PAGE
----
As bad a press as the sports business got during baseball's billionaire-millionaire labor pact face-off, it's too bad media types haven't paid more attention to America's most selfless pro sports figure.
His name, in case you haven't heard, is Pat Tillman. He's not a 9-11 hero, but the horror of 9-11 moved him in a way that made him a shining exemplar for all of us, young and old. His story recalls John F. Kennedy's inaugural exhortation of a generation ago: to ask not what your country can do for you, but what you can do for your country.
Until the 25-year-old athlete joined the Army recently, he was an employee of the National Football League's Arizona Cardinals. Tillman's work as a defensive back, by all accounts, made him a highly productive and valued member of the enterprise.
Earlier this year, however, he told his employer he planned to forgo the $3.6 million the Cardinals had offered over three years. Instead, he joined the military and thus took a pay cut estimated at something over $3.5 million. Pro athletes are fond of saying it's not about money, but Tillman's action speaks much louder than the words of many of his overpaid, self-absorbed colleagues.
After Tillman completes infantry training, he plans to go to Airborne School to become a paratrooper. If he makes it through jump school, his next goal is to undergo Ranger training, which has the reputation of being an almost superhuman test of physical endurance.
Tillman is obviously not doing this for personal glory. He has refused to talk for public consumption about why he decided to turn his back on the lucrative life of a pro football star to become a low-paid warrior in the service of his country. He apparently has also told Army superiors he prefers not to have any media coverage of his training experience and wants to be as anonymous as the rest of his fellow GIs.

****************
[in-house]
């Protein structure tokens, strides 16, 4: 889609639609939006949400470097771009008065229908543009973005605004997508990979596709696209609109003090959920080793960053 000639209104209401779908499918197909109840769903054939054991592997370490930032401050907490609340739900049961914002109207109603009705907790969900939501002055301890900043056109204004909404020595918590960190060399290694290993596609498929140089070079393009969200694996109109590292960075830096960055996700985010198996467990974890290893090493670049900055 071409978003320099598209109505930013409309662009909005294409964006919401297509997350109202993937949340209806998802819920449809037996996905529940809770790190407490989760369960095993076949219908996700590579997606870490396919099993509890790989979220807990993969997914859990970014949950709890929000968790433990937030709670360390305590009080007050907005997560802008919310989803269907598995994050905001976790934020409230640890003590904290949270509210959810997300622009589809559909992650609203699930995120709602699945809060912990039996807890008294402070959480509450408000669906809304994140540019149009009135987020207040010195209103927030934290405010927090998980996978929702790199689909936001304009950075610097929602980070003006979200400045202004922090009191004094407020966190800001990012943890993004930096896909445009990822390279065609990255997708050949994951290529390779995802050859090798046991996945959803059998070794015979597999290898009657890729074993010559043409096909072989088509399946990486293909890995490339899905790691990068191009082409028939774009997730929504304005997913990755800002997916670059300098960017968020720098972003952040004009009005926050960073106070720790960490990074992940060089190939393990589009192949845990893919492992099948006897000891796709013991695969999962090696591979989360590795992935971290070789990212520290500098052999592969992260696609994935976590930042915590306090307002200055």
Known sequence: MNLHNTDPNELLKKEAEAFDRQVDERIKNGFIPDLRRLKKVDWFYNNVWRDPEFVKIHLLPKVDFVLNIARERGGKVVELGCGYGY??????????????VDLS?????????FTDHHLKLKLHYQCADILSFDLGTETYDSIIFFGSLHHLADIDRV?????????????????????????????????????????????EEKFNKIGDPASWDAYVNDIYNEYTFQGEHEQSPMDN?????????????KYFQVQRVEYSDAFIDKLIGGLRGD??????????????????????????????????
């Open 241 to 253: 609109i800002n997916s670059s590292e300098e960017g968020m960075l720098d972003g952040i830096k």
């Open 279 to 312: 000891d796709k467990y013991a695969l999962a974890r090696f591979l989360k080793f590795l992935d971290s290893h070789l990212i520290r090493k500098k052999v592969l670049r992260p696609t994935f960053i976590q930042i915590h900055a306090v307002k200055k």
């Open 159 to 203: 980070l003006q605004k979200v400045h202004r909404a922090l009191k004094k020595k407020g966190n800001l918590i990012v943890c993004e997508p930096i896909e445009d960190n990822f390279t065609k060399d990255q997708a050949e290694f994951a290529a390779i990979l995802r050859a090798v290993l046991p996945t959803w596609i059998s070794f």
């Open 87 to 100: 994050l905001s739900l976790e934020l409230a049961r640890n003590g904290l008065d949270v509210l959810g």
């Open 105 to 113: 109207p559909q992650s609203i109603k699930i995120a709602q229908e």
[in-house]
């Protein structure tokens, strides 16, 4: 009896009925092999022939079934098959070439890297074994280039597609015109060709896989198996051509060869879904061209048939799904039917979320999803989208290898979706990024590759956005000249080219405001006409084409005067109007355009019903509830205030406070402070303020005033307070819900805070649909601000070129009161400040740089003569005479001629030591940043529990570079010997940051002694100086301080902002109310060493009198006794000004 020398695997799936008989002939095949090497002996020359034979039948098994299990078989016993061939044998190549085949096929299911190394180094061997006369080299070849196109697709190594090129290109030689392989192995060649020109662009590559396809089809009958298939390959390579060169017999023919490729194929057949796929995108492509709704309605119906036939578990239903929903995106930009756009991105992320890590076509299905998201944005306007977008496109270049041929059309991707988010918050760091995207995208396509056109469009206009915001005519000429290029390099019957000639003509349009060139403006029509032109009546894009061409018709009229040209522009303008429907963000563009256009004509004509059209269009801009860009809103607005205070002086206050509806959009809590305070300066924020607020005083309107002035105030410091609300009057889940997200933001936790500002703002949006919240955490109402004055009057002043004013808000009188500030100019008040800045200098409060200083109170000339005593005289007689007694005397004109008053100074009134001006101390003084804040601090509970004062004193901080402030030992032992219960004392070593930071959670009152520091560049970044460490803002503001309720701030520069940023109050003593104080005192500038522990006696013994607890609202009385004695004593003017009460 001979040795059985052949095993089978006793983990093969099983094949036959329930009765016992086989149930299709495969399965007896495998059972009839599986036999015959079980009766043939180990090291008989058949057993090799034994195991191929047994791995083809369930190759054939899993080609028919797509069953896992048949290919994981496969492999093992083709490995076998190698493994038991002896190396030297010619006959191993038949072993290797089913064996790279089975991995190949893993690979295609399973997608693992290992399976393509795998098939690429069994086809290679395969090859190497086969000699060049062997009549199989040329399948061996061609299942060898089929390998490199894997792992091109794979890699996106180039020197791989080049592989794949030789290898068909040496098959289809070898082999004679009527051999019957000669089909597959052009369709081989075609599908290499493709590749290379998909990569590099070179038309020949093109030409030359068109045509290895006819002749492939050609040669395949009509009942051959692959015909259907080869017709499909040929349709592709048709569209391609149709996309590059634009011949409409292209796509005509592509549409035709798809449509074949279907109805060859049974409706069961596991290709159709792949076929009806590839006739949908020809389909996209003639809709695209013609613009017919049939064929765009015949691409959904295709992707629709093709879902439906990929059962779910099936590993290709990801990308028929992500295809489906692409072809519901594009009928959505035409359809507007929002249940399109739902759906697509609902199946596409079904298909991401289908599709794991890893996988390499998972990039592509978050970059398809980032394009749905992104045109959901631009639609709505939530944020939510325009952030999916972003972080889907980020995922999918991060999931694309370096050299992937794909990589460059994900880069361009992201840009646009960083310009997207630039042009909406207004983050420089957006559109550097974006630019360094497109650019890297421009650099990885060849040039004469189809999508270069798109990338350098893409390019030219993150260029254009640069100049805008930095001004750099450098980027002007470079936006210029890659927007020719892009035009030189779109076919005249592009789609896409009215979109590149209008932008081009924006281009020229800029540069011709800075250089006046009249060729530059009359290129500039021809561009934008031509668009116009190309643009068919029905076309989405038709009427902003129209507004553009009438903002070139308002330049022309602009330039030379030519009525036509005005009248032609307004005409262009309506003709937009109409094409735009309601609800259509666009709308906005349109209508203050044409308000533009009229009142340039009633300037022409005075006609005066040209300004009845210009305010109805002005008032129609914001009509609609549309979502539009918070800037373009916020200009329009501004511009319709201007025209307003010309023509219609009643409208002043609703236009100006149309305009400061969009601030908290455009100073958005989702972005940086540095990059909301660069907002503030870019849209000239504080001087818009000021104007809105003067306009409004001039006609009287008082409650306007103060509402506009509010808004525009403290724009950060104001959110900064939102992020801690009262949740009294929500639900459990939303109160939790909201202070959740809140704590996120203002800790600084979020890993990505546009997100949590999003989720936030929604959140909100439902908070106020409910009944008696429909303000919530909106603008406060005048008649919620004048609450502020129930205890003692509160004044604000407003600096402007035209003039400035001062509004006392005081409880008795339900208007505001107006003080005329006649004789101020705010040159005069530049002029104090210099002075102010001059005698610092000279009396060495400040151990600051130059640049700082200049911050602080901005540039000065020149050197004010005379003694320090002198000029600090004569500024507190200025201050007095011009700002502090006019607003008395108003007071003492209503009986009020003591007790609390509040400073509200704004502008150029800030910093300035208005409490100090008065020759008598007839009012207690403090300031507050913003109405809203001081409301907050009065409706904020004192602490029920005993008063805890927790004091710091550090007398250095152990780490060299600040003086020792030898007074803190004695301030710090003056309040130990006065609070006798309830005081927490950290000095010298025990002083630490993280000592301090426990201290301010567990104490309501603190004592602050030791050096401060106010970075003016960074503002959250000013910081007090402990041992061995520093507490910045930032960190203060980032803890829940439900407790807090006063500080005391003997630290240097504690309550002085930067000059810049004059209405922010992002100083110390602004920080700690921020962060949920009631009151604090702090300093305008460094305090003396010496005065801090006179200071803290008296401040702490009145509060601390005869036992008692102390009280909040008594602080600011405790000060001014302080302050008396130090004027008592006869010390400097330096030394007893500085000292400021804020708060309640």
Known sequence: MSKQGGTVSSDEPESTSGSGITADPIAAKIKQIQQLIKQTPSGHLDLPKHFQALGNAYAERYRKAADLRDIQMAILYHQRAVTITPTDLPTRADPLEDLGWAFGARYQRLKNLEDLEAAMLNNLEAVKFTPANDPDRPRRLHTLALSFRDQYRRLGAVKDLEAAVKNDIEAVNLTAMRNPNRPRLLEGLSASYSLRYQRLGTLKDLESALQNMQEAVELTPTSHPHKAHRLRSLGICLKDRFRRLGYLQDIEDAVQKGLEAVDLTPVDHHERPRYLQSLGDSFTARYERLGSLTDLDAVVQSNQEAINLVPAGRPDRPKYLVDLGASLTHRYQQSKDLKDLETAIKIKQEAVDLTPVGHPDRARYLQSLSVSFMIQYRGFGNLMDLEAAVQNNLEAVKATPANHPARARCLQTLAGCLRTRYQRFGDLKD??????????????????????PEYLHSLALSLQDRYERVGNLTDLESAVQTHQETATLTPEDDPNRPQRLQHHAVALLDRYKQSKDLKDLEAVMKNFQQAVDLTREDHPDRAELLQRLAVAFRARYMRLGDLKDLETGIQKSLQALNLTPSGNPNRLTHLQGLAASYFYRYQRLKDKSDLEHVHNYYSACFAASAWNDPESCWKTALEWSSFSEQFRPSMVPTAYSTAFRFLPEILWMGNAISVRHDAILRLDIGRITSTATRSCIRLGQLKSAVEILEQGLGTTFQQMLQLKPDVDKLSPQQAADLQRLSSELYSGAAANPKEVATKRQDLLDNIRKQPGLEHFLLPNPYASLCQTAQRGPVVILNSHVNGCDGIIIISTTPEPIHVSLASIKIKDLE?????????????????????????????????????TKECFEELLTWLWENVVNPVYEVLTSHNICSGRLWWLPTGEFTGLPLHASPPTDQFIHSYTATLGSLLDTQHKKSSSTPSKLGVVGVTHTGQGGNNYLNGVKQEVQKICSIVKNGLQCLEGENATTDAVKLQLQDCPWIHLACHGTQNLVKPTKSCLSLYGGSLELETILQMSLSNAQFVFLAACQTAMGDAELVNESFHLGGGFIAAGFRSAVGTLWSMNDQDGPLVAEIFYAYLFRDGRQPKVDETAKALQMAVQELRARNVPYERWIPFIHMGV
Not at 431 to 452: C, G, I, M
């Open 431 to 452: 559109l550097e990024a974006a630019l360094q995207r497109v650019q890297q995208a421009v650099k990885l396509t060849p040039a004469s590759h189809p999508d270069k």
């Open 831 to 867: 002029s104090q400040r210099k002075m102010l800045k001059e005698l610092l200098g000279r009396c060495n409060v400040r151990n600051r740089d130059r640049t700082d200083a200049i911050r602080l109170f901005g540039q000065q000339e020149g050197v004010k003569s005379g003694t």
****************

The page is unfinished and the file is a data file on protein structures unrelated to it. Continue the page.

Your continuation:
It has been reported, however, that what happened last Sept. 11 changed Tillman in a profound way. An ESPN reporter said friends have related Tillman's explanation in terms of his conscience not allowing him to wreak mayhem on football opponents while the threat of terrorism menaces his country.
Tillman's example is awe-inspiring in myriad ways. It's one thing to fly a flag or wear a T-shirt proclaiming your patriotism. It's quite another to sacrifice millions of dollars to undertake a mostly thankless pursuit that almost certainly will place you in mortal danger.
One of the most meaningful contributions Tillman makes in pursuing his unselfish quest is to provide a psychological antidote to the shameless acts of sickening greed and corporate malfeasance perpetrated by once respectable American business leaders.
Whom do you look to for inspiration during a time when sports heroes and business and civic leaders become poster children for much that is wrong with society?
There were heroes aplenty at ground zero on Sept. 11, 2001, and they'll forever be an inspiration to us. Meantime, in 9-11's aftermath, the Pat Tillmans of the world go a long way toward convincing us that altruism is still alive in places where we most need it, when we most need it.